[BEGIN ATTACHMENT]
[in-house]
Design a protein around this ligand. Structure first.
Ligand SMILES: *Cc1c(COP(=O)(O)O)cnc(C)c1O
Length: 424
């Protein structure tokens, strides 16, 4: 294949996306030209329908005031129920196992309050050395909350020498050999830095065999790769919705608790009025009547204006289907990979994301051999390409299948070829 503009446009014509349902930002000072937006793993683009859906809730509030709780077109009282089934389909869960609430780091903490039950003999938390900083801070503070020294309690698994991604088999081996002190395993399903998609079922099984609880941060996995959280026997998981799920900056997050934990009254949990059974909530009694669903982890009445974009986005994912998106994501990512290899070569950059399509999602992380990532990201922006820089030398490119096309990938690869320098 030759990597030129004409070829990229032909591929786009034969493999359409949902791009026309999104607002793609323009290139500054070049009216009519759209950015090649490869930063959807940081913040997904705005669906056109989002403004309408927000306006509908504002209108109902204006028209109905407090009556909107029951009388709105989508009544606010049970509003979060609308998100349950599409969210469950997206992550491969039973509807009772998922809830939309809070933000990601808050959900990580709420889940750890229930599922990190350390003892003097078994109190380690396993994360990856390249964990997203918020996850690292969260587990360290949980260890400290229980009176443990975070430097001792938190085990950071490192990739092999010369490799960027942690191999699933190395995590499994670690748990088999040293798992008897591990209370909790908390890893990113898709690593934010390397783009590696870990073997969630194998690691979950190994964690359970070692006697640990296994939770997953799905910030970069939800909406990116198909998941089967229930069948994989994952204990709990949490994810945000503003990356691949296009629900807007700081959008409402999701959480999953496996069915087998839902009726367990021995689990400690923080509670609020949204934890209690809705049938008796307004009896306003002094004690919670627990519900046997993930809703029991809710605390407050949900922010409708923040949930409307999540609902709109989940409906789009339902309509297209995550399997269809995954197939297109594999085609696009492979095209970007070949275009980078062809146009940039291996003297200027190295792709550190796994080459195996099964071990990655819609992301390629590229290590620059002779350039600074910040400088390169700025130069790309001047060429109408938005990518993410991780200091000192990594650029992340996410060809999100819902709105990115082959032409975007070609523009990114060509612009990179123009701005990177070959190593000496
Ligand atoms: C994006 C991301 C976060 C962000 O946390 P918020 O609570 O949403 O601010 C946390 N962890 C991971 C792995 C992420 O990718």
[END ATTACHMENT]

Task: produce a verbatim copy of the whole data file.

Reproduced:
[in-house]
Design a protein around this ligand. Structure first.
Ligand SMILES: *Cc1c(COP(=O)(O)O)cnc(C)c1O
Length: 424
């Protein structure tokens, strides 16, 4: 294949996306030209329908005031129920196992309050050395909350020498050999830095065999790769919705608790009025009547204006289907990979994301051999390409299948070829 503009446009014509349902930002000072937006793993683009859906809730509030709780077109009282089934389909869960609430780091903490039950003999938390900083801070503070020294309690698994991604088999081996002190395993399903998609079922099984609880941060996995959280026997998981799920900056997050934990009254949990059974909530009694669903982890009445974009986005994912998106994501990512290899070569950059399509999602992380990532990201922006820089030398490119096309990938690869320098 030759990597030129004409070829990229032909591929786009034969493999359409949902791009026309999104607002793609323009290139500054070049009216009519759209950015090649490869930063959807940081913040997904705005669906056109989002403004309408927000306006509908504002209108109902204006028209109905407090009556909107029951009388709105989508009544606010049970509003979060609308998100349950599409969210469950997206992550491969039973509807009772998922809830939309809070933000990601808050959900990580709420889940750890229930599922990190350390003892003097078994109190380690396993994360990856390249964990997203918020996850690292969260587990360290949980260890400290229980009176443990975070430097001792938190085990950071490192990739092999010369490799960027942690191999699933190395995590499994670690748990088999040293798992008897591990209370909790908390890893990113898709690593934010390397783009590696870990073997969630194998690691979950190994964690359970070692006697640990296994939770997953799905910030970069939800909406990116198909998941089967229930069948994989994952204990709990949490994810945000503003990356691949296009629900807007700081959008409402999701959480999953496996069915087998839902009726367990021995689990400690923080509670609020949204934890209690809705049938008796307004009896306003002094004690919670627990519900046997993930809703029991809710605390407050949900922010409708923040949930409307999540609902709109989940409906789009339902309509297209995550399997269809995954197939297109594999085609696009492979095209970007070949275009980078062809146009940039291996003297200027190295792709550190796994080459195996099964071990990655819609992301390629590229290590620059002779350039600074910040400088390169700025130069790309001047060429109408938005990518993410991780200091000192990594650029992340996410060809999100819902709105990115082959032409975007070609523009990114060509612009990179123009701005990177070959190593000496
Ligand atoms: C994006 C991301 C976060 C962000 O946390 P918020 O609570 O949403 O601010 C946390 N962890 C991971 C792995 C992420 O990718």